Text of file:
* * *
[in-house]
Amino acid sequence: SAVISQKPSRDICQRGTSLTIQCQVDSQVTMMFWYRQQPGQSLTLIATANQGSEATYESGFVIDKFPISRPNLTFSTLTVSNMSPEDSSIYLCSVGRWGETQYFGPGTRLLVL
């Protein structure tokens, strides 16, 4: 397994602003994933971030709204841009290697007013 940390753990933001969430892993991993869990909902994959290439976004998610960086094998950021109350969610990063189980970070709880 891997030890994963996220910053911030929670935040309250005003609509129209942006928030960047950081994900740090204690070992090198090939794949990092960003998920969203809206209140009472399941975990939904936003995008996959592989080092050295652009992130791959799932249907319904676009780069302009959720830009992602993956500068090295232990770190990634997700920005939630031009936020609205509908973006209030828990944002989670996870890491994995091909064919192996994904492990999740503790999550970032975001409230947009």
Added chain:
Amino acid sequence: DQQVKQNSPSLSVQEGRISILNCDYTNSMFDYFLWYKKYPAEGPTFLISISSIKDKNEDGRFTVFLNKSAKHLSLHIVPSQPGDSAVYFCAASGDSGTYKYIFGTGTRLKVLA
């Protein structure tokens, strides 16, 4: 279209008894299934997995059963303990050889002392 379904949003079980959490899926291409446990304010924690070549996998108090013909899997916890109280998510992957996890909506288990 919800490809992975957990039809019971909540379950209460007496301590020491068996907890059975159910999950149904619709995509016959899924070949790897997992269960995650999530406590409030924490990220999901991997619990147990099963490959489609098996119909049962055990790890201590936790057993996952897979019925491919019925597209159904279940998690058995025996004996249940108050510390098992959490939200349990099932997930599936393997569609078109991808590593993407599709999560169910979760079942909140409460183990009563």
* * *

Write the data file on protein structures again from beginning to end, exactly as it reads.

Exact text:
[in-house]
Amino acid sequence: SAVISQKPSRDICQRGTSLTIQCQVDSQVTMMFWYRQQPGQSLTLIATANQGSEATYESGFVIDKFPISRPNLTFSTLTVSNMSPEDSSIYLCSVGRWGETQYFGPGTRLLVL
């Protein structure tokens, strides 16, 4: 397994602003994933971030709204841009290697007013 940390753990933001969430892993991993869990909902994959290439976004998610960086094998950021109350969610990063189980970070709880 891997030890994963996220910053911030929670935040309250005003609509129209942006928030960047950081994900740090204690070992090198090939794949990092960003998920969203809206209140009472399941975990939904936003995008996959592989080092050295652009992130791959799932249907319904676009780069302009959720830009992602993956500068090295232990770190990634997700920005939630031009936020609205509908973006209030828990944002989670996870890491994995091909064919192996994904492990999740503790999550970032975001409230947009």
Added chain:
Amino acid sequence: DQQVKQNSPSLSVQEGRISILNCDYTNSMFDYFLWYKKYPAEGPTFLISISSIKDKNEDGRFTVFLNKSAKHLSLHIVPSQPGDSAVYFCAASGDSGTYKYIFGTGTRLKVLA
């Protein structure tokens, strides 16, 4: 279209008894299934997995059963303990050889002392 379904949003079980959490899926291409446990304010924690070549996998108090013909899997916890109280998510992957996890909506288990 919800490809992975957990039809019971909540379950209460007496301590020491068996907890059975159910999950149904619709995509016959899924070949790897997992269960995650999530406590409030924490990220999901991997619990147990099963490959489609098996119909049962055990790890201590936790057993996952897979019925491919019925597209159904279940998690058995025996004996249940108050510390098992959490939200349990099932997930599936393997569609078109991808590593993407599709999560169910979760079942909140409460183990009563």